Living with dementia at any time presents everyday challenges for that person and those around them, but coronavirus is making daily life harder for people with dementia.
Throughout the coronavirus pandemic not being able to leave home, the temporary shutdown of support groups, and family members being unable to visit loved ones in care homes has led to a wealth of concerns for people living with dementia.
George was diagnosed with mixed dementia six years ago and co-chairs the Dementia UK’s Lived Experience Advisory Panel, he explains: “In the last five to six years I have been doing a lot of travelling around the country, giving talks, attending meetings, basically being an activist to try and improve the support for people living with dementia.
“I have bad days here and there where I just get confused, I get what we call dementia fog.”
For George, lockdown has provided the opportunity to slow down and take a break, but it has also left him feeling cut off from other people.
“It’s actually been a welcome, refreshing experience,” explains George. “Having said that, I do feel isolated.
“There are plenty of people around the country who have found it more difficult and who have found it very isolating.”
Many dementia services have been restricted or reduced during COVID-19, this has led to an increase in calls to Dementia UK’s Admiral Nurse Dementia Helpline which provides support and advice for people living with dementia and their loved ones.
“It could be people enquiring about anything from a little thing like not knowing about Admiral Nurses, or what the services are in their area, to much more complex emotional, psychological, or physical symptom control issues,” explains Dr Sarah Russell, a professional and practice development facilitator at Dementia UK.
“I think because [the Dementia UK helpline] is manned by Admiral Nurses, what that means is that while they’re having that conversation, they are assessing and thinking what can we do next to help the caller.”
Sarah’s main concerns surround people being unable to leave the home and how this will affect both physical and mental health.
“Physical exercise is a really good way to distract and divert people and keep them occupied; by staying confined to the house, we’re actually putting people and their families at risk,” emphasises Sarah.
“It’s causing people harm by not being able to have their usual physical activity as well as that interaction with the world around them.”
“To enable the emotional, mental and physical well-being of a person living with dementia has been really tricky in our society anyway, but I think COVID-19 has highlighted that further,” she adds.
The pandemic has seen day centres and memory clinics stop as the government tries to balance the public health agenda with the potential negative effects of social isolation and physical distancing.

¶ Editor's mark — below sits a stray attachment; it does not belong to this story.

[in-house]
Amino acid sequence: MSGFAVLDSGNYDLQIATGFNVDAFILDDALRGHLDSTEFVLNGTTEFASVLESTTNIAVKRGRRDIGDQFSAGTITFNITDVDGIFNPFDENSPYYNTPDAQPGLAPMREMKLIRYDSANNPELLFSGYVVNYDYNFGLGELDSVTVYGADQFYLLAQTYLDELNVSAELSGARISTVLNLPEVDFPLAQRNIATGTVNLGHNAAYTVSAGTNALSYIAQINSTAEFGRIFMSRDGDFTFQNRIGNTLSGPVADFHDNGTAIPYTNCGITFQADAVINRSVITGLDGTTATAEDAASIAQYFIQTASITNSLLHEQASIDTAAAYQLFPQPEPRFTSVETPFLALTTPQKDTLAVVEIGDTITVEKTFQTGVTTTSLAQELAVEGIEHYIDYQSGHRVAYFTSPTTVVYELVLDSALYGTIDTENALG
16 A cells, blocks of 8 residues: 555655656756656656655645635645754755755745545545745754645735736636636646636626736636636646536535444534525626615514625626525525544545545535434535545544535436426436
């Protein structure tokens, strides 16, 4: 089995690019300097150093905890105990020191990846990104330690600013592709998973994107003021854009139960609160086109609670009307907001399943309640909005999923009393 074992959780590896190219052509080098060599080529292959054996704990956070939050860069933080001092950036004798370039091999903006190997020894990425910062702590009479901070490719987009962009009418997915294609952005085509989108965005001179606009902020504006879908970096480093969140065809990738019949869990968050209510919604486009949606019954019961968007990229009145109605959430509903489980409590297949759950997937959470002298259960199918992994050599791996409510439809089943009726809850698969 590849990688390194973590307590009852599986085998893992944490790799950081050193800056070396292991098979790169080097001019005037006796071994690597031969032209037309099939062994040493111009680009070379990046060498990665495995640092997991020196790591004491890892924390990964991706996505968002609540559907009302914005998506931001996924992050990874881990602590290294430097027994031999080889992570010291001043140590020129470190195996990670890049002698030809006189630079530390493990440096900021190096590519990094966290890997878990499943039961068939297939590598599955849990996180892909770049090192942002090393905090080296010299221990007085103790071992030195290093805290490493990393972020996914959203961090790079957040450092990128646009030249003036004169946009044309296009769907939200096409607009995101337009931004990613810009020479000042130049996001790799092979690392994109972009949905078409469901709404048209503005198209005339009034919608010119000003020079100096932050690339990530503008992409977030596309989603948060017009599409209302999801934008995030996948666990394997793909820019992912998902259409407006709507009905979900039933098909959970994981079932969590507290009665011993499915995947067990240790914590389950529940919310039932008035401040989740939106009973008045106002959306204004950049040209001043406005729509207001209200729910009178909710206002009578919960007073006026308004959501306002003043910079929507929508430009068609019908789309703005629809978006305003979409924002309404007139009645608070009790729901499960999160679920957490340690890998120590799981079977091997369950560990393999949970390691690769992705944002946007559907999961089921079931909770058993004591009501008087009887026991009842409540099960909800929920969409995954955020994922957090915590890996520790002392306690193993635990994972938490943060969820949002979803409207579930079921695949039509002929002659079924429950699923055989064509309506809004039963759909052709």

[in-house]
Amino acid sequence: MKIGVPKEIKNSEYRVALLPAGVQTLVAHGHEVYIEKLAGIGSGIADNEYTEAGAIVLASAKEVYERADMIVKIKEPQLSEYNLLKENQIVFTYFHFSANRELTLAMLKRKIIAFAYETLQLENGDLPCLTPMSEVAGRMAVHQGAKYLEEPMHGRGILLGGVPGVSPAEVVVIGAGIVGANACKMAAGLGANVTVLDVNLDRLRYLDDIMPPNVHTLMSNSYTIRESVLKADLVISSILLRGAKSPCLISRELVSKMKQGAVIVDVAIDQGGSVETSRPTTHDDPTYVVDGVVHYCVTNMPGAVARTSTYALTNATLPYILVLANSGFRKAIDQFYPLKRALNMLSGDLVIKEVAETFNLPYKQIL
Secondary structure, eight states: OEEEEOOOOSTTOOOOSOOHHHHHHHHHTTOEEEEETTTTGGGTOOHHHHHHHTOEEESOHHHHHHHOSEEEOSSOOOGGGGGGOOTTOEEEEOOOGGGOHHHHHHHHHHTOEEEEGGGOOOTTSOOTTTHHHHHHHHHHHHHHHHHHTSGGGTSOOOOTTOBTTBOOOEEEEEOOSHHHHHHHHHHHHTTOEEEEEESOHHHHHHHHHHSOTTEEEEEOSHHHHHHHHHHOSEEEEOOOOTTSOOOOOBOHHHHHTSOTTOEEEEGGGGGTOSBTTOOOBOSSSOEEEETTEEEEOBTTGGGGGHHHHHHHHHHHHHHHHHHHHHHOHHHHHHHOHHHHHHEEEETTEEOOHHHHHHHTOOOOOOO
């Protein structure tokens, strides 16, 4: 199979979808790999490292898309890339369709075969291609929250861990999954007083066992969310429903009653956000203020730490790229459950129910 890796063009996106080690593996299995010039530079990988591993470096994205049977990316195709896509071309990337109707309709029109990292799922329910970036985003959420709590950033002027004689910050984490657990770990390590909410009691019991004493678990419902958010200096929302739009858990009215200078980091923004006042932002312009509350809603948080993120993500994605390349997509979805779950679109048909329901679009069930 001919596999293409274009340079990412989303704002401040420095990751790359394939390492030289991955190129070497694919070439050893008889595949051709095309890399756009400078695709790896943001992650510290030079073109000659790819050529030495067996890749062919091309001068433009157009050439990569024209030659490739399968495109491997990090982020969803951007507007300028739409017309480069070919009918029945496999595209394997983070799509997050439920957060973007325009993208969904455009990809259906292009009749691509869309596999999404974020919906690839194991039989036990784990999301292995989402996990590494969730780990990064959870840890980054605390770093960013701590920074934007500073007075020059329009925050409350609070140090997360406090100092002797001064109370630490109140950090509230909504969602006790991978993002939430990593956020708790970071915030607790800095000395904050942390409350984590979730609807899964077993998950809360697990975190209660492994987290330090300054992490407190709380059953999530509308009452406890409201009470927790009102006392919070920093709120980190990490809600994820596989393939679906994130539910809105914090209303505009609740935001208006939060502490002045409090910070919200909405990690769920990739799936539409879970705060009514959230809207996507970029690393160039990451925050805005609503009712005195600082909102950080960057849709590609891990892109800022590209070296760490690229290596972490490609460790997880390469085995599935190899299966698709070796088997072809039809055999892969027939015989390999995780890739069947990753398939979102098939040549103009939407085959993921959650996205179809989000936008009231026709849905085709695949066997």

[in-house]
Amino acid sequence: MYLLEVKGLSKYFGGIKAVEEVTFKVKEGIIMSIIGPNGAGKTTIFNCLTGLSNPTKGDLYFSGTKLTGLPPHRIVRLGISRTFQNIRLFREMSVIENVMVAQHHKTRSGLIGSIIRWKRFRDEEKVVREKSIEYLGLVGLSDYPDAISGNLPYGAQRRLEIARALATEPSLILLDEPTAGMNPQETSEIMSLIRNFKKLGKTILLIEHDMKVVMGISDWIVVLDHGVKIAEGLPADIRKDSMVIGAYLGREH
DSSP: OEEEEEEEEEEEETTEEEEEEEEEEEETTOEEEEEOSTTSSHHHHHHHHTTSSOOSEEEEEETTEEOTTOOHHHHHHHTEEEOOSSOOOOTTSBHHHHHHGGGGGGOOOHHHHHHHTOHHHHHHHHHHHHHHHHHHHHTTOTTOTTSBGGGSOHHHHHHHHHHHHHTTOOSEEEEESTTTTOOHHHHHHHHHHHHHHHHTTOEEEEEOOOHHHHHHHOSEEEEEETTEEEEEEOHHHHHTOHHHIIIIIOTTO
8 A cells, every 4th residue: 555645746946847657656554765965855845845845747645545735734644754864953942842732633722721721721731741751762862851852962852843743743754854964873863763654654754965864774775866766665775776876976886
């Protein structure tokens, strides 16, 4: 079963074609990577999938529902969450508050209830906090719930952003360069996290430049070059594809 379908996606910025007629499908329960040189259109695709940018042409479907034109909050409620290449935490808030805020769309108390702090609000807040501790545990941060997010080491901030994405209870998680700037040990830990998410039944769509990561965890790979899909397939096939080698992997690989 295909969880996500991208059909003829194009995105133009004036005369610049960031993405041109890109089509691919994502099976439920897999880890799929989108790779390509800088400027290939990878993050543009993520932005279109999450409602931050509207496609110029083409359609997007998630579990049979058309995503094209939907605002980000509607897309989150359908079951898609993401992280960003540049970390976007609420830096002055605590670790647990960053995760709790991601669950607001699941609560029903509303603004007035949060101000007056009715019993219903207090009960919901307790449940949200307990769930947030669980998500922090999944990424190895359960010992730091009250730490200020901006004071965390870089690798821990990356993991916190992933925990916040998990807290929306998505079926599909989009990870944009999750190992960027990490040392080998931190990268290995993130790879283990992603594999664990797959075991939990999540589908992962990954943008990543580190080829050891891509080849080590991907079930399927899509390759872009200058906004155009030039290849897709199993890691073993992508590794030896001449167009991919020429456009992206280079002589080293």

A dramatic decline in some people’s conditions has highlighted the need for a more consistent support system throughout the country. This includes an increased number of Admiral Nurses: Currently there are less than 300 Admiral Nurses across the UK.
“I don’t need a great deal of support, but it would be nice to have some available on the occasions when I do feel it,” admits George. “Everybody is different, but we all need a standard system of support.
“That standard model of care should include dementia navigators for everybody, when and where you need them, and a consistent provision of Admiral Nurses everywhere.”
Throughout lockdown, concerns have arisen around the increased physical and emotional deterioration of people with dementia living in care homes. This has, in part, been due to family members being unable to visit.
“People with dementia are already at risk of dying from COVID-19 and if you’re not having your normal interaction with others, your cognitive and physical function can decline further,” reveals Sarah.
Family visitors are essential to preventing this decline, she says: “Family members are not just social visitors, they are an essential part of care.”
“They bring particular nuances and understanding of people living with dementia, their everyday routines and their everyday behaviours. They bring intimate knowledge of what somebody is like, what they’re like when things are going wrong and what makes them happier as well.”
Balancing the importance of public health with the well-being of dementia patients has been one of the biggest challenges in care homes during the pandemic. This has led to an explosion of people using technology like video calls to help families stay connected.
“One of the things that’s been going through my mind is: What do we need to return to doing, which was stopped during COVID-19? What do we need to carry on doing, that we were doing during COVID-19? And what do we need to do differently after COVID-19?” asks Sarah. “One of the things is to carry on harnessing technology.”
For both Sarah and George, the increased use of technology has been a silver lining to the coronavirus pandemic and lockdown, with George able to connect with people and develop stronger friendships via weekly video meetings with his network.
Along with keeping friends and family in touch, technology has meant that assessments and consultations have advanced in some areas.
“With technology you can coordinate talking to health and social care colleagues to see what do we need to do for different people and how we can help them,” explains Sarah. “We can talk on the phone or via a video consultation, so that we can harness our collective brain power if you like.”
It is hoped that the positive use of technology will continue after the pandemic, but digital exclusion should also be considered; not everyone can or likes to use technology. The challenges that come with living with dementia have been brought to light, but it is evident more still needs to happen to ensure people are supported.